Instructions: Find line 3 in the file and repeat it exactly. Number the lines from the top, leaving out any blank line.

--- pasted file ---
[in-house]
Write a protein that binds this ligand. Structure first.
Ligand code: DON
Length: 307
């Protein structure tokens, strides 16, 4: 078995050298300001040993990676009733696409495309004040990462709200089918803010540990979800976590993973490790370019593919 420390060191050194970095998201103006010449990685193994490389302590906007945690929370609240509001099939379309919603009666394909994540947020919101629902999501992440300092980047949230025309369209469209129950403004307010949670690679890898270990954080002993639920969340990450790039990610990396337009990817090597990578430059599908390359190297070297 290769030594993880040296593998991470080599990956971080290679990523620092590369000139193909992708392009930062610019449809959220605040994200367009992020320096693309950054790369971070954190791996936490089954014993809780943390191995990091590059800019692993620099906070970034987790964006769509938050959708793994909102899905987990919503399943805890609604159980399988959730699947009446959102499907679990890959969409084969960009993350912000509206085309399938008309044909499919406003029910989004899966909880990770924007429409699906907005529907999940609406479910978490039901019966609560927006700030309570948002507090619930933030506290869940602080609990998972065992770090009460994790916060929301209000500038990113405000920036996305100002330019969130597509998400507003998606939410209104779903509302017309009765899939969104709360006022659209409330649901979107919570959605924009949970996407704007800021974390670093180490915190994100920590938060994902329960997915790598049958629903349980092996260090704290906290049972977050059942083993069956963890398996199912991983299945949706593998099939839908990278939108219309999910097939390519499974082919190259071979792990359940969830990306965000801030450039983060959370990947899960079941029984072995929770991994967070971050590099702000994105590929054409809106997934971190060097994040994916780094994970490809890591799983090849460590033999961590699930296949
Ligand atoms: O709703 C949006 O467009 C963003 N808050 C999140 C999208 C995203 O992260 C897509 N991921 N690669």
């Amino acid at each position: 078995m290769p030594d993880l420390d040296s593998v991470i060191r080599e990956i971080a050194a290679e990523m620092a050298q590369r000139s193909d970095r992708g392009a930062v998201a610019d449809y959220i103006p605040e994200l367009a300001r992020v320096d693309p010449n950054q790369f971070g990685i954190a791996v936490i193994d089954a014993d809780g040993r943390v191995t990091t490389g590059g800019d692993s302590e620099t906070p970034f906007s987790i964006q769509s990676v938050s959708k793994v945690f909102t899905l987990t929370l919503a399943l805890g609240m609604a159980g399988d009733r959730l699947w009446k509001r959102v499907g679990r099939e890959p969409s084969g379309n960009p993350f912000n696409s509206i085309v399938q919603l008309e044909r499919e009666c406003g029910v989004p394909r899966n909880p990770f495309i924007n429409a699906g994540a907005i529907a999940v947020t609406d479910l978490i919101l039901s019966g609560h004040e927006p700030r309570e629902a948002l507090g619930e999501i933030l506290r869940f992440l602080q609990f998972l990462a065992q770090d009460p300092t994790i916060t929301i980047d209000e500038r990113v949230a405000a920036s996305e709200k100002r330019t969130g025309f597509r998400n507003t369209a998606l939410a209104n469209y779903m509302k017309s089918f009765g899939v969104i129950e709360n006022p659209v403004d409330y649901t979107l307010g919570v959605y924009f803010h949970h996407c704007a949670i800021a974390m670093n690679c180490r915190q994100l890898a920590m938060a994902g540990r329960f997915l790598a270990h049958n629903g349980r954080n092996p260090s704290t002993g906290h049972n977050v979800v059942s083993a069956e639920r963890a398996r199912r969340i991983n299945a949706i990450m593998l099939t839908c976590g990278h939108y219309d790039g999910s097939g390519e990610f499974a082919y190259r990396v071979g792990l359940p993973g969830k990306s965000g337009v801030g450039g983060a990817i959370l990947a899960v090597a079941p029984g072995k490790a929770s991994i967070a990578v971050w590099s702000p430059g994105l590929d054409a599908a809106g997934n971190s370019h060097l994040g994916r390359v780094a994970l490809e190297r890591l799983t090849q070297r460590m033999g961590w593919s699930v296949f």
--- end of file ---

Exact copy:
Ligand code: DON